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17 January 2008, 12:05

US Government challenges encryption keys ruling

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The US federal government is seeking to overrule a decision by a Vermont judge that a suspect is protected by the Fifth Amendment from demands to hand over the keys to encrypted files on his computer.

In December 2006, Vermont citizen Sebastian Boucher was stopped while entering the USA from Canada. His laptop was examined by customs officers, and prima facie evidence of child pornography was discovered on it. However, the bulk of the laptop's contents were encrypted with PGP. Due to the nature of the suspected offence, the matter was handed to the federal authorities, who proved unable to break the encryption and subsequently demanded that Boucher divulge his encryption key or make use of it himself to decrypt the files. But on 29 November last year a Vermont judge ruled that complying with this demand would amount to self-incrimination, and that the demand therefore breaches the suspect's Fifth Amendment rights. According to the Washington Post, he commented "If Boucher does know the password, he would be faced with the forbidden trilemma: incriminate himself, lie under oath, or find himself in contempt of court".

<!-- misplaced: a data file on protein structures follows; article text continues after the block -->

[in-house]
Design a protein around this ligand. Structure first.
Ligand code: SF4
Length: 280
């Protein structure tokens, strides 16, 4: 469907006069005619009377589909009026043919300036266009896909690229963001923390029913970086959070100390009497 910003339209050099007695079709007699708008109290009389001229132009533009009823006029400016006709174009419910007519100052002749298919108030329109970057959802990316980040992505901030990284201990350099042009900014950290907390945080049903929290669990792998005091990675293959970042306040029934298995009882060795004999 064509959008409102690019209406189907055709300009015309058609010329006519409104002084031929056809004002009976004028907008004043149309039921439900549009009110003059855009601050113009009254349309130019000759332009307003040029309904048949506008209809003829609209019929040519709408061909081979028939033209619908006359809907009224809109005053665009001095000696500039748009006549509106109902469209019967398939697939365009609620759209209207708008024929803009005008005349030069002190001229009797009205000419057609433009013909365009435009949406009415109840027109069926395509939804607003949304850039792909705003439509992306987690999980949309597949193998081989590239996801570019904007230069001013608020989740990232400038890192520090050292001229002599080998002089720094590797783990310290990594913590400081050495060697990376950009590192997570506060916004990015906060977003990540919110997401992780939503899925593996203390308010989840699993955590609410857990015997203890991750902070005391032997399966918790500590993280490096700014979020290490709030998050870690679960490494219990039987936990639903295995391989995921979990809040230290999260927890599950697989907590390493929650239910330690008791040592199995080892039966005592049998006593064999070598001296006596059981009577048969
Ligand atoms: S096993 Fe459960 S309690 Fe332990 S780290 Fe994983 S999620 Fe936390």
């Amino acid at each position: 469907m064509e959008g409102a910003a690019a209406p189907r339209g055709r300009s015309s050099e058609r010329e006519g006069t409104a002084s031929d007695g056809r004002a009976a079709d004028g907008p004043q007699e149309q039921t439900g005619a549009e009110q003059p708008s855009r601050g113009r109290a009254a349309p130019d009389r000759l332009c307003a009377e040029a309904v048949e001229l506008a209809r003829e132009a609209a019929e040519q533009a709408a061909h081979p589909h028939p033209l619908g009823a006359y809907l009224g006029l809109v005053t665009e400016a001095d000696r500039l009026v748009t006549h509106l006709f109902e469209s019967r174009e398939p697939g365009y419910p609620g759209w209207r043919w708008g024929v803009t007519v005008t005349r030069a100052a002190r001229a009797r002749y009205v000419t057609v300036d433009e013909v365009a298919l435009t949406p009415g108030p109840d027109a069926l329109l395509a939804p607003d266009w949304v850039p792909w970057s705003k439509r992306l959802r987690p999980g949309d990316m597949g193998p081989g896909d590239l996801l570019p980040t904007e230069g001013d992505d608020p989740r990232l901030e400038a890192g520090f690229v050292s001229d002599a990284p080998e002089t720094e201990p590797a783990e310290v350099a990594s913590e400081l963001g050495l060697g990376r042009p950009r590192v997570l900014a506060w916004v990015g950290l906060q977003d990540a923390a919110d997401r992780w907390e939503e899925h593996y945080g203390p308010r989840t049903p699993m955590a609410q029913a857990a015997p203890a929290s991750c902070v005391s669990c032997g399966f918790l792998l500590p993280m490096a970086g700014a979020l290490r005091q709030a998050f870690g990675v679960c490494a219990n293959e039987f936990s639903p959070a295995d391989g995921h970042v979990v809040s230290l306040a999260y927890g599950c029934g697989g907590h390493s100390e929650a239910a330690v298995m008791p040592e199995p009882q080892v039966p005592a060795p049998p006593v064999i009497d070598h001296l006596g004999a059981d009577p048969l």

In the UK this problem can no longer arise. Since October 2007, Part 3 of the Regulation of Investigatory Powers Act 2000 allows investigators to demand a suspect release either the content of encrypted evidential material or the encryption keys themselves. However, should a suspect deny possession of a key, the onus remains on the prosecution to prove beyond reasonable doubt to the contrary.


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